Find Out About: 'The Indie Bible,' The
Recording Artists' Resource
Editor/Publisher David Wimble
David Wimble compiles and publishes "The
Indie Bible," an essential resource for Indie or
unsigned musicians seeking to promote and sell
their music. In this interview, learn more about
"The Indie Bible," how it can help your career,
how and why David Wimble first set out to create
it, and a little about this selfless advocate of
[The Aspiring Songwriter] David,
tell us about what inspired you to create "The
Indie Bible." What was your initial idea and how
did it come about?
David Wimble As is the case with a
lot of things in life, "The Indie Bible" was
created totally by accident.
In 1999, I
was in the process of recording my first CD.
During the last months of recording, whenever I
was away from the studio, I searched online for
places that might help the CD to get some
attention - radio stations that would play my
songs, publications that would review the CD, etc.
I wanted to be prepared so that there would be a
lot of places to send the CD to once it was
pressed and ready to go.
started out, I knew almost nothing about the
Internet and what could be found on it. I began my
search suspecting that I could find at least a few
websites where I could gain some sort of exposure
for my music. I began my research, and it wasn't
long before a "massive" new world opened up to me.
The number of places online that were willing to
help Independent artists was mind-boggling!
hours every day finding places that I could send
my CD to in order to get a review or airplay. I
was happily surprised to also find a lot of online
services that were willing to help sell my music.
I stored all the information about the various
services I was finding in a spreadsheet. It wasn't
a very well thought out system. It was a simple
system that helped me to keep notes on who I sent
my CD to and when. After a few months of research,
I had accumulated 1000 contacts or so.
recording of the CD was finally finished, the band
I was building (and planning on touring with)
broke up. I was heavily in debt, so the idea of
trying to form another band, and then tour around,
was not very practical. I needed to start paying
off some of the bills, and selling a few CDs a
week wasn't going to cover the expenses. I also
knew that if I was to try and put a new band
together, there was no guarantee that it would
last long enough to get any momentum going.
"life-changing" thought struck me. During the
whole time I was researching throughout the
Internet, I was wondering why I couldn't find some
sort of directory that lists the addresses of all
the helpful websites for Independent musicians.
There had to be one somewhere, but I couldn't find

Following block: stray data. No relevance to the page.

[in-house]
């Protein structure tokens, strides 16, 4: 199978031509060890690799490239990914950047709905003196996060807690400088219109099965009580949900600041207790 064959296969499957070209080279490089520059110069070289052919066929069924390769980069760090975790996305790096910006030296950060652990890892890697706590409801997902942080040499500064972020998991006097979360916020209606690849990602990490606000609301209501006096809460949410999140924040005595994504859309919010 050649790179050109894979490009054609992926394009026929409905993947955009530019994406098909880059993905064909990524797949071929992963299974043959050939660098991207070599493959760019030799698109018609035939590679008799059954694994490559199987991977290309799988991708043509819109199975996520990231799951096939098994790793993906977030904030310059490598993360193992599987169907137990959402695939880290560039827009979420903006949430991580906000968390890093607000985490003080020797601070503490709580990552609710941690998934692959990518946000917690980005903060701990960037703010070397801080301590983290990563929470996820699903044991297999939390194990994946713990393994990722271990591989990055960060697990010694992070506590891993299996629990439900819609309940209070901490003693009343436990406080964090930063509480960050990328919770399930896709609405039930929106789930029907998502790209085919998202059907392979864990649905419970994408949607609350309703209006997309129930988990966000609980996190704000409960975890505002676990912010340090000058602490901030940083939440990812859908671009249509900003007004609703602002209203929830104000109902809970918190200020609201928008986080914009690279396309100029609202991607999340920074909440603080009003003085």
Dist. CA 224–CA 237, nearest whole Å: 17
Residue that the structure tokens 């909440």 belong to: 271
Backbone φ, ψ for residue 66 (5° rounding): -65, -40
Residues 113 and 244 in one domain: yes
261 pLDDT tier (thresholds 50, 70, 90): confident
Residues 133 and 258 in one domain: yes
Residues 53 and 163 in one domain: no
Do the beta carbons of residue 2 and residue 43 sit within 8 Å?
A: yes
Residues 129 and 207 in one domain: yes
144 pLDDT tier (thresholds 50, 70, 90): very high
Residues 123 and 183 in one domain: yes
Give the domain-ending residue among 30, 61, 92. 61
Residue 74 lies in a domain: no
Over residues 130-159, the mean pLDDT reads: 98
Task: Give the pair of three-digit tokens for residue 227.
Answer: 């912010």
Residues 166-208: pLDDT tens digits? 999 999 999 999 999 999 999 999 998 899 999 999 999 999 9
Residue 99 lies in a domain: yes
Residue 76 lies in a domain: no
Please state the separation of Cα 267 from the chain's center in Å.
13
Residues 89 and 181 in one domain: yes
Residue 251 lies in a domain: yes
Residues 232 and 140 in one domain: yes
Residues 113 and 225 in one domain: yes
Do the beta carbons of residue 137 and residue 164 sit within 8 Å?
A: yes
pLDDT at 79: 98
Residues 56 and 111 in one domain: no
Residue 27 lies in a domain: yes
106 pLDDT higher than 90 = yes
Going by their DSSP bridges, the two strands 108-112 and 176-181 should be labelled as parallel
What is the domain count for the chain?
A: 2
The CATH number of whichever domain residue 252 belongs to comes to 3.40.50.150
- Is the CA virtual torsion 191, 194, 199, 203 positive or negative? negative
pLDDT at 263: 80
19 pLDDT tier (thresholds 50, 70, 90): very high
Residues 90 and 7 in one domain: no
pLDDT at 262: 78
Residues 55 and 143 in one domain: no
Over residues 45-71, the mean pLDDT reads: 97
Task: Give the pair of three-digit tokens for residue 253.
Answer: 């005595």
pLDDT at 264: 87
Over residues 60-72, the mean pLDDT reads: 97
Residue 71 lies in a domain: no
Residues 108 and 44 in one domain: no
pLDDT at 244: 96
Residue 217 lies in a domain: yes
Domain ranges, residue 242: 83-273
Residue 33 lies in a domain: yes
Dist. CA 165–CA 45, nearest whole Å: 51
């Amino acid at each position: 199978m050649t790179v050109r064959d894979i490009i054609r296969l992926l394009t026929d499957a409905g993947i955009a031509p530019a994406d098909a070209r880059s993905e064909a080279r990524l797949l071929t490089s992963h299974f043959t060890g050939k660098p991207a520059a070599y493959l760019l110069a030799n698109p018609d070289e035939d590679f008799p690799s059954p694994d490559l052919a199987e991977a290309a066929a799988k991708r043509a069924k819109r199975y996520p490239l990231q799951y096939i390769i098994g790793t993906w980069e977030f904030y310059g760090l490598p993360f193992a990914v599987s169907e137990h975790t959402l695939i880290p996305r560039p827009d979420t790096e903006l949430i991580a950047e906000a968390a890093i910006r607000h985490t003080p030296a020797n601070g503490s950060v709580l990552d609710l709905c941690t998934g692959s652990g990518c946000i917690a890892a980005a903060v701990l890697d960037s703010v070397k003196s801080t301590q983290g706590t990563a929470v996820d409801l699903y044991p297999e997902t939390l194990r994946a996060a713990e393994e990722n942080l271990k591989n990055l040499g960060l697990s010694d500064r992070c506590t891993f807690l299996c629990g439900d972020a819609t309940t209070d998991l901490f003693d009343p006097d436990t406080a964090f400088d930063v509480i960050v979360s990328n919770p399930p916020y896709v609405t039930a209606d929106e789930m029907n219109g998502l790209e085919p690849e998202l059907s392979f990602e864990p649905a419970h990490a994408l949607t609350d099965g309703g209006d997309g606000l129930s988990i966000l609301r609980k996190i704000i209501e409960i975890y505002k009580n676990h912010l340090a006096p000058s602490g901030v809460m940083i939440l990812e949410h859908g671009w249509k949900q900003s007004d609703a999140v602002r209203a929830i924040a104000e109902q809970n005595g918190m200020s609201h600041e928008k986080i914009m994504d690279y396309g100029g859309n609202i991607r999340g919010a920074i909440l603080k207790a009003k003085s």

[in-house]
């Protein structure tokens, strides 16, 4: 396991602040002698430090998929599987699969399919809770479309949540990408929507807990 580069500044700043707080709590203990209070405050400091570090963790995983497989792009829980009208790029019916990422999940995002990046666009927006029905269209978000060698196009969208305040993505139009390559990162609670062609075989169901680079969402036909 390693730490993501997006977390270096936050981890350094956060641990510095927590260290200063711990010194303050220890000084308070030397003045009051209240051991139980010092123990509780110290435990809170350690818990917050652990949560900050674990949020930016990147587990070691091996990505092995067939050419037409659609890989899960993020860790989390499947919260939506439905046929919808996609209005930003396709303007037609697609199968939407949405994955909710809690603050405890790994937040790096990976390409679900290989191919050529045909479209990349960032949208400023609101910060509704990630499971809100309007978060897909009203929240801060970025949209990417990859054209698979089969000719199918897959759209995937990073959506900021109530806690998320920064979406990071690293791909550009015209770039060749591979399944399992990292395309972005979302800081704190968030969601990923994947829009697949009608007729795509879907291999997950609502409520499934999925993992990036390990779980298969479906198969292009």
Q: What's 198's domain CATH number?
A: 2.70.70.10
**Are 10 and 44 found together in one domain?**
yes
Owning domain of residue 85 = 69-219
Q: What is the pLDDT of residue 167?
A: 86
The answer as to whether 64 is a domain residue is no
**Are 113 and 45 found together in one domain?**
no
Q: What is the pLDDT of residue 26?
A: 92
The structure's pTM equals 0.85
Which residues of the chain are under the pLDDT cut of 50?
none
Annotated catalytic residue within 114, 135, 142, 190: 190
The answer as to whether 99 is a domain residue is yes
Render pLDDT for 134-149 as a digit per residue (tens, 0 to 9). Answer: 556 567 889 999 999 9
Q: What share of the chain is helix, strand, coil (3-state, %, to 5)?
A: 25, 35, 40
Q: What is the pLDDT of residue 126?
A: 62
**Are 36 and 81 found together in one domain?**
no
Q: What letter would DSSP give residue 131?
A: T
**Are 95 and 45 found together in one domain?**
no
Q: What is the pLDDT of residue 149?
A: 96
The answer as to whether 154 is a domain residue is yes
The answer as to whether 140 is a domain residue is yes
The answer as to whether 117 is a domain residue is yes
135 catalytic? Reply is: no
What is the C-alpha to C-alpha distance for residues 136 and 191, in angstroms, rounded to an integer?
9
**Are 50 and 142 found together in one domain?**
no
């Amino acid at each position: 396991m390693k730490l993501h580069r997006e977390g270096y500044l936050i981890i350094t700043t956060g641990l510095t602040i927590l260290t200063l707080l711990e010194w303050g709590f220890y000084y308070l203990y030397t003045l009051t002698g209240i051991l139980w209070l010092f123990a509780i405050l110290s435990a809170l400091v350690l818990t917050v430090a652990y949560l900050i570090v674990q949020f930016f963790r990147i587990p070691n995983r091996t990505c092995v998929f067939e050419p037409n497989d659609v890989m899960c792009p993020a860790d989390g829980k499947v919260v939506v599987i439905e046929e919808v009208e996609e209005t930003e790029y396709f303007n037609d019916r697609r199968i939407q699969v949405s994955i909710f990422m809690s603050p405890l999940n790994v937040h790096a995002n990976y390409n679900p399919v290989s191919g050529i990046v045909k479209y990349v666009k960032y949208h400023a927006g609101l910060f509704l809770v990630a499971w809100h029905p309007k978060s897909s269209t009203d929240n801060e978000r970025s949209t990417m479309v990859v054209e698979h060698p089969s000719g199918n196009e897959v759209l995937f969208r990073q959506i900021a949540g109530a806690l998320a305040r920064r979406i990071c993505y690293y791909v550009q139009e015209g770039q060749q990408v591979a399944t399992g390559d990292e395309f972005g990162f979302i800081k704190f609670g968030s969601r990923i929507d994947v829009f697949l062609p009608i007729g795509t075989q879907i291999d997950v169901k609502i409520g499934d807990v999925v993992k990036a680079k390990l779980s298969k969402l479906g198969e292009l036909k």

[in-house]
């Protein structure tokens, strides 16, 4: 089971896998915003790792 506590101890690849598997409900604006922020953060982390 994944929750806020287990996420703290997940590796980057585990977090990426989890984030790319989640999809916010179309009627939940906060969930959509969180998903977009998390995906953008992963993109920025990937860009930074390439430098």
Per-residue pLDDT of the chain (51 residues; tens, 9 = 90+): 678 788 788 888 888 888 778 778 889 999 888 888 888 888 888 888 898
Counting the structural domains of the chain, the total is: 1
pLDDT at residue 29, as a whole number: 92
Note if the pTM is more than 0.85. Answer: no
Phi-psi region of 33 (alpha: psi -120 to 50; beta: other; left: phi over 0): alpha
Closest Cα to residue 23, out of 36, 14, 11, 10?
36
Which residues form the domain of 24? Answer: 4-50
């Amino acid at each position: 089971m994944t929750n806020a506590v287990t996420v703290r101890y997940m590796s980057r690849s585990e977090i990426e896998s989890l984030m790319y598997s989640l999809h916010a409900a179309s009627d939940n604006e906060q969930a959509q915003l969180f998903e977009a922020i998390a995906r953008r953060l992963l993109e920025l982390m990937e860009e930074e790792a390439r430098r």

anything anywhere. I did purchase a few resources
that I found in my research, but when they arrived
in the mail, I was disappointed. The books I
bought looked like they had been thrown together
pressure of this financial crunch, I wondered how
practical it would be for me to publish a resource
that would list all these places I'd been finding
(in some sort of order). A resource that would
enable musicians and songwriters to avoid spending
the incredible number of hours it took me to find
the resources in the first place. I asked the
opinion of a musician I had met from Boston, and
she said it was a great idea and that I would
probably sell a lot of them. That's all I needed
to confirm my belief that such a resource was
needed. It was at that moment that the "Indie
Contact Bible" was officially born.
point on, I began to consciously research
information that would be added into this new
resource I was about to create. I also realized
after a bit of thought that if I was to succeed at
publishing this resource, I would need to include
"all" genres of music, not just resources for the
styles of music that I enjoyed listening to. That
took some adjusting, but it turned out to be quite
fun because many new worlds opened up to me.
edition came into being in October of 1999. It was
a very low budget book that was photocopied and
had a plain white cover. Fortunately for me, even
though the book was as simple as it gets, the
value shone through to those that were trying to
get exposure for their music. People that bought
it just loved it, and the feedback was incredible!
[The Aspiring Songwriter] What is
the principle behind "The Indie Bible"?
David Wimble "The Indie Bible" is
unique because it is targeted specifically towards
"recording" artists. There are many directories on
the market, some have in the neighborhood of 30
categories of listings (venues, music stores,
lawyers, etc). "The Indie Bible" still only has
six categories, but they are categories that are
essential to the success of any artist attempting
to promote their music ... and the book delves
very deeply into each of those categories. "The
Indie Bible" was created by a recording artist,
for recording artists. You can flip to any page
and there are listings on that page that will help
you gain exposure for your music. If you're a
recording artist, there is no fluff or filler.
[The Aspiring Songwriter] How long
did it take to put together your first edition?
David Wimble I think I did about
eight months of research before the first edition
was published. It came out in October of 1999, and
it had about 2500 listings in it. It took hundreds
of hours to compile. I worked on it from the
moment I woke up in the morning until the wee